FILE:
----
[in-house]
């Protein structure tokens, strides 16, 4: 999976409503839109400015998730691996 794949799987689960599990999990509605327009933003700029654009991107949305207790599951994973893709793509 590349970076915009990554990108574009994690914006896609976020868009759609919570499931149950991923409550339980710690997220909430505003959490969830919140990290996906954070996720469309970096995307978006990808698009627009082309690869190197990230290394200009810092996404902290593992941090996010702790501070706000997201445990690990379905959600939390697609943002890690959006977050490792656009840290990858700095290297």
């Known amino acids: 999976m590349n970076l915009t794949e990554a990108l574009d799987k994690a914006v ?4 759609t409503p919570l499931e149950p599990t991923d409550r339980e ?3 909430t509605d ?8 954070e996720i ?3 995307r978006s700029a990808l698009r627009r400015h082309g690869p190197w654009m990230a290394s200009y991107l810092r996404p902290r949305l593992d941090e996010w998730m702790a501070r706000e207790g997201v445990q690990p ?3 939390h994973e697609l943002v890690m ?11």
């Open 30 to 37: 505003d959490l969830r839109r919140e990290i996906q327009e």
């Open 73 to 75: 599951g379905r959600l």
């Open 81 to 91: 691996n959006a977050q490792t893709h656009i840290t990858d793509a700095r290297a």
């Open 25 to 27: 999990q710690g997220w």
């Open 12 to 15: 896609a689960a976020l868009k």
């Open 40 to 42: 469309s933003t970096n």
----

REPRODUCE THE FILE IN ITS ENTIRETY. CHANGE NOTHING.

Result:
[in-house]
């Protein structure tokens, strides 16, 4: 999976409503839109400015998730691996 794949799987689960599990999990509605327009933003700029654009991107949305207790599951994973893709793509 590349970076915009990554990108574009994690914006896609976020868009759609919570499931149950991923409550339980710690997220909430505003959490969830919140990290996906954070996720469309970096995307978006990808698009627009082309690869190197990230290394200009810092996404902290593992941090996010702790501070706000997201445990690990379905959600939390697609943002890690959006977050490792656009840290990858700095290297």
């Known amino acids: 999976m590349n970076l915009t794949e990554a990108l574009d799987k994690a914006v ?4 759609t409503p919570l499931e149950p599990t991923d409550r339980e ?3 909430t509605d ?8 954070e996720i ?3 995307r978006s700029a990808l698009r627009r400015h082309g690869p190197w654009m990230a290394s200009y991107l810092r996404p902290r949305l593992d941090e996010w998730m702790a501070r706000e207790g997201v445990q690990p ?3 939390h994973e697609l943002v890690m ?11």
């Open 30 to 37: 505003d959490l969830r839109r919140e990290i996906q327009e």
């Open 73 to 75: 599951g379905r959600l």
């Open 81 to 91: 691996n959006a977050q490792t893709h656009i840290t990858d793509a700095r290297a």
């Open 25 to 27: 999990q710690g997220w």
């Open 12 to 15: 896609a689960a976020l868009k």
């Open 40 to 42: 469309s933003t970096n």